For around 5,000 Hindus living in Rawalpindi, Krishna Mandir is the only place of worship left. The temple is built on a four marla plot which is not enough to accommodate the community’s growing numbers during religious ceremonies. But the fact that this temple remains is also nothing short of an achievement. There was a time when its future was also bleak and even today’s there are challenges to its daily existence.
Its not just about religious intolerance, which many remember from amongst the community here. The attacking and burning of temples and statues of Hindu deities in 1993 are still fresh in the mind of 79 year old Mahesh. “We [the Hindus] condemned the attack on Babri Mosque just like our Muslim brothers did. We even held protests but were not spared,” he recalls.
Most Hindus feel that the attacks had less to do with religion and more with money. They believe that the land mafia attacked temples around which Muslim families were living so that the families would vacate the land and the land grabbers could take over, considering the commercial value. Some local politicians led mobs and attacked the temples. “There is a perception that the Hindus [who migrated] had buried their wealth in these temples. Temples on the outskirts of the city were dug but when they found nothing, they destroyed the statues and defaced the statues.”
Over the years, most of the Hindu inhabitants migrated to India at the time of partition, leaving behind a good number of properties and places of worship These properties have been up for grabs. Some allege that locals forged documents in order to occupy land around temples and construct markets. These temples are located in areas where the value of land is very high. This acts as a magnet for the land mafia. “No temple here exists that has been spared by land grabbers,” claims Amarnath, a resident of Kirtarpura. The helpless community can do nothing to protect the dilapidated and plundered buildings.
The security of the evacuated buildings remains a source of concern. The government established the Evacuee Trust Properties Board under the Evacuee Trust Properties (management and disposal) Act 1975 for the protection of such properties. This board now sells or rents out the property around the temples.
When the board was contacted, they said that they are looking after the functioning temples around the province. “The attached properties around these temples have been given on lease while the main buildings of the temples were destroyed or occupied after the Babri Mosque incident,” said Deputy Secretary Evacuee Trust Property Board, Azhar Sulehri. According to him, the zonal offices are looking after the non-functional temples and shrines. But officials at the zonal office denied that this was their responsibility .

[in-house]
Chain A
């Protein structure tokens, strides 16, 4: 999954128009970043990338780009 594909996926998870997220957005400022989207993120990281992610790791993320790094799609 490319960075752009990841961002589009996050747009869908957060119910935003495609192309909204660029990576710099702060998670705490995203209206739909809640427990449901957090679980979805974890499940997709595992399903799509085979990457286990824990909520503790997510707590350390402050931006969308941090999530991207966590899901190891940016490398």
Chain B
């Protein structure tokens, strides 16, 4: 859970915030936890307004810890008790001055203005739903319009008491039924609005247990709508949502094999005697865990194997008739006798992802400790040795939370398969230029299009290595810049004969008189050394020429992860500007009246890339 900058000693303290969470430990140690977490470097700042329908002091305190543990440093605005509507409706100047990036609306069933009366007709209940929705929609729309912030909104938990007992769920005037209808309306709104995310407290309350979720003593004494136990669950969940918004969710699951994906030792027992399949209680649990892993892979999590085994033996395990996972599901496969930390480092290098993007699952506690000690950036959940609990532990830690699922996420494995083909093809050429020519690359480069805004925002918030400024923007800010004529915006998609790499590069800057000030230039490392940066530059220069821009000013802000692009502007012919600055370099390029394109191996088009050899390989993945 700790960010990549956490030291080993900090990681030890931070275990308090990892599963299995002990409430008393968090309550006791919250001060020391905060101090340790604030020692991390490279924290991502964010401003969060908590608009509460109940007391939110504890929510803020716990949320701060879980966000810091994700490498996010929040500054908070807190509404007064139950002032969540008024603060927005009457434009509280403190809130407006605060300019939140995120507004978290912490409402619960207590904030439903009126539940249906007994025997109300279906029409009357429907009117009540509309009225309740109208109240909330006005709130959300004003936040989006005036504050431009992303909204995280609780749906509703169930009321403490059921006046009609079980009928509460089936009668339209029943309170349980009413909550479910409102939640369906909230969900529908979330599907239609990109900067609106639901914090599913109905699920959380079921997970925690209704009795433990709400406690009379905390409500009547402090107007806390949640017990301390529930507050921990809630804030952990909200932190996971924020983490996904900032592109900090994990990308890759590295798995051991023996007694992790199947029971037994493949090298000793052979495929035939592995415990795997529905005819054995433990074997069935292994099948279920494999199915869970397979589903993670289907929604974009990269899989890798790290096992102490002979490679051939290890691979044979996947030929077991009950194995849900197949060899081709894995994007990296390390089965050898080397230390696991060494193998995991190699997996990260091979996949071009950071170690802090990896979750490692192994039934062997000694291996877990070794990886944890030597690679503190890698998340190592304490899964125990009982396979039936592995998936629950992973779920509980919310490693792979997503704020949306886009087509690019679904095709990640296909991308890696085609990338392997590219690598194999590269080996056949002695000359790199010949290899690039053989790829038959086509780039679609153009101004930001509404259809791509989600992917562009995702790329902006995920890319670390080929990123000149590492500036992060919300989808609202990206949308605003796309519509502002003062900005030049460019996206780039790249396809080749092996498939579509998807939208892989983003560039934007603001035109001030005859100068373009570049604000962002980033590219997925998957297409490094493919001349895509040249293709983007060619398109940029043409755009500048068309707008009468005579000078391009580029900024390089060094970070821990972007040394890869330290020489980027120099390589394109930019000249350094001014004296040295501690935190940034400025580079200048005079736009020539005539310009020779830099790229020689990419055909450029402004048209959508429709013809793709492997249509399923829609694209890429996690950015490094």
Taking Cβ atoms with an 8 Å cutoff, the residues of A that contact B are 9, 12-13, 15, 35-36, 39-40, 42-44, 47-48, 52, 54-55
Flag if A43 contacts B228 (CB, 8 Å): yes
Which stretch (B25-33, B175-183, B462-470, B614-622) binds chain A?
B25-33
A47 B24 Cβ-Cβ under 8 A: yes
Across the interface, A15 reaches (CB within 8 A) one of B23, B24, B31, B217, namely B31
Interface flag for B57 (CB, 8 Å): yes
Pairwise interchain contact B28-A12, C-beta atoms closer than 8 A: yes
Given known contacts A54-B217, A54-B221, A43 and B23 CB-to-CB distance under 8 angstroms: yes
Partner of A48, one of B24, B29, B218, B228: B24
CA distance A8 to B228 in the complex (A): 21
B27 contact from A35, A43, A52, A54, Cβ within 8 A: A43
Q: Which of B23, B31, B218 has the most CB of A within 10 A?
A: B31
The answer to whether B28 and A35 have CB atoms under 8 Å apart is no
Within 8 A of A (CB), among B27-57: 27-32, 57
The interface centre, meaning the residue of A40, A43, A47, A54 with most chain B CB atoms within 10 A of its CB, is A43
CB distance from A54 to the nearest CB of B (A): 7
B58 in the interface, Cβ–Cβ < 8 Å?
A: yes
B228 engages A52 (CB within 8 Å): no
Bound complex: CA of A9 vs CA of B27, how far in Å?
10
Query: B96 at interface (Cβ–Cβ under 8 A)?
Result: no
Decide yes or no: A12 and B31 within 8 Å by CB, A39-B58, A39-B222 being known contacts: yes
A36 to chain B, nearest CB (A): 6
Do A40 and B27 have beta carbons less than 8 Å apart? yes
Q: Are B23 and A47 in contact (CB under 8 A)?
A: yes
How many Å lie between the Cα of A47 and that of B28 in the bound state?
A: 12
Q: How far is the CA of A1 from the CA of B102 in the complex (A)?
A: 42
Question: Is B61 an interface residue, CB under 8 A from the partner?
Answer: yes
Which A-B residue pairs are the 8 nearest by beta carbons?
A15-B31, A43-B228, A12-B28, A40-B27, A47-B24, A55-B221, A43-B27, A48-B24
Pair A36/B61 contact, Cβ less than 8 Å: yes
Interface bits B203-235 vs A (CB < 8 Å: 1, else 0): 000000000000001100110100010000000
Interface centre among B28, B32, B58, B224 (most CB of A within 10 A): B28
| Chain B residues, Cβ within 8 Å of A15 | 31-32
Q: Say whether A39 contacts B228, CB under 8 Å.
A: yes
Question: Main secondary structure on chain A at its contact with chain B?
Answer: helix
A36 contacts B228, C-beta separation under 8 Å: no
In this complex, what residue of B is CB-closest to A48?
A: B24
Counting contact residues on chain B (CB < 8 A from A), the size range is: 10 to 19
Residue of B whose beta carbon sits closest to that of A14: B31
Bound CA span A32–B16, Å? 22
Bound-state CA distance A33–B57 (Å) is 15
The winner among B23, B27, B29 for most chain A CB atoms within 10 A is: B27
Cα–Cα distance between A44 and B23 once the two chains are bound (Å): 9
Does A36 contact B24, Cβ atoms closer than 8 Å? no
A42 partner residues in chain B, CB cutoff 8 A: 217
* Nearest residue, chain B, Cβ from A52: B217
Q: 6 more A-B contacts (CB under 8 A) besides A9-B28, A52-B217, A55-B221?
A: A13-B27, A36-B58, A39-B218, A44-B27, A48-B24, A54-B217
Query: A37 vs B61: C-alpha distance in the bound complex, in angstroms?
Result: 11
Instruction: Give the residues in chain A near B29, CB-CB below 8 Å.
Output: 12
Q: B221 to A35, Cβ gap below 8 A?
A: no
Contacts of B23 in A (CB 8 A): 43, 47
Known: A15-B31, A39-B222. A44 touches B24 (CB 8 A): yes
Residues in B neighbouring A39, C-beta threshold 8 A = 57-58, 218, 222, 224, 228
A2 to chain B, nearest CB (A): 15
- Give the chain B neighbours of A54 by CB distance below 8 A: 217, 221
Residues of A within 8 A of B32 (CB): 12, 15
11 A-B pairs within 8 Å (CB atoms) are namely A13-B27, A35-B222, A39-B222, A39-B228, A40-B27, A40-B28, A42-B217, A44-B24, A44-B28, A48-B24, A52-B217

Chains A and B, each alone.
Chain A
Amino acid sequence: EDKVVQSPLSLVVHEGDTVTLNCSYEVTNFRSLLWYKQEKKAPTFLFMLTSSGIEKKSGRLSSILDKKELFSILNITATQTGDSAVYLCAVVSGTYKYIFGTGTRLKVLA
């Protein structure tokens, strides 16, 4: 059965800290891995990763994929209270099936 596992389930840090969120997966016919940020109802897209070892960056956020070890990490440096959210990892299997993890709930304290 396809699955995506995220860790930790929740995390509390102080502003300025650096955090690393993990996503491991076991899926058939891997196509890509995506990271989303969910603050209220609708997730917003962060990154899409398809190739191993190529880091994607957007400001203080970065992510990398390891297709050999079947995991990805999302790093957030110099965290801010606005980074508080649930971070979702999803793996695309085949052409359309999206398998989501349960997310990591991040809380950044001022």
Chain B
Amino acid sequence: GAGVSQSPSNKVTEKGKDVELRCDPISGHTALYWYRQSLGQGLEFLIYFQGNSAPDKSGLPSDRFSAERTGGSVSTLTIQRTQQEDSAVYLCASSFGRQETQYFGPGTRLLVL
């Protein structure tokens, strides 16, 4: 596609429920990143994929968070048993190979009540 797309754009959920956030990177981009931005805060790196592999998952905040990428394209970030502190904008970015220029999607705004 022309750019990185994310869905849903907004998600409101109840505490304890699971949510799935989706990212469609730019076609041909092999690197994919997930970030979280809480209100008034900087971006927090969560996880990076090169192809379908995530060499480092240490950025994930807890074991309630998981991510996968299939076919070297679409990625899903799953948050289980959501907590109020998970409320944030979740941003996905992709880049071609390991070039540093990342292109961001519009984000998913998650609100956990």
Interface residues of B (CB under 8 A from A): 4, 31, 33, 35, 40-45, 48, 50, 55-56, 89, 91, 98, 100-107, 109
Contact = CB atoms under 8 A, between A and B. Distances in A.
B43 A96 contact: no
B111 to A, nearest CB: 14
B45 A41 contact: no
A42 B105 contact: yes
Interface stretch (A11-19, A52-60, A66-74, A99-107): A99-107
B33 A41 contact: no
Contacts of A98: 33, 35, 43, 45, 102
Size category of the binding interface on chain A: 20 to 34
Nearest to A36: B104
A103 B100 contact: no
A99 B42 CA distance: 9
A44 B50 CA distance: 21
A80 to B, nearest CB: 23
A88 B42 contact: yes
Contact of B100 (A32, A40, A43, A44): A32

Look towards the temples
Out of 11 temples only one temple , the Krishna Mandir, is being used by the Hindu community. A temple in Bhabra Bazaar is being used by the police and political workers as a rest room. The sacred images have been defaced and scriptures scribbled out. The most important part of the temple, which is the sanctuary where the statue is placed, has been turned into an office.
In the old area of Lunda Bazaar, the temple of goddess Kali no longer exists. There are temples around College Road, Bohar Bazaar, Purana Qilla, Bagh-e-Sardaran and on the outskirts of the garrison city which await protection. A temple in Lunda Bazaar, Mohan Mandir, is said to have been built in 1930 by two brothers Hakim Asa Anand and Hakim Moti. It was also ransacked by an angry mob in 1993.
The members of the Hindu community demand preservation and protection of their religious sites. President of Pakistan Hindu-Sikh Social Welfare Council, Jag Mohan Kumar Arora, said that the trust board and the Department of Archaeology can generate millions of rupees from these temples if they are properly preserved and opened for tourists. “The board is generating money by selling the attached pieces of land around the temples to land mafia. The board is least bothered about spending a penny on maintenance of these historical temples.”
“The government should constitute a committee on the pattern of Pakistan Sikh Gurdwara Prabandhak Committee to protect its holy sites and heritage,” said Dr Umer Nadeem Tarar, Director at National College of Arts.
“People take temples as nothing but mere buildings and they want to destroy them,” said Muhammad Yousaf, lecturer at Islamic International University. The people who understand the importance of heritage can never think about razing them, he said, adding that heritage is what defines a people’s identity and it is a page from the past. However, in Rawalpindi, heritage sites like the temples are disappearing rapidly because of negligence of authorities.
Published in The Express Tribune, February 26th, 2014.
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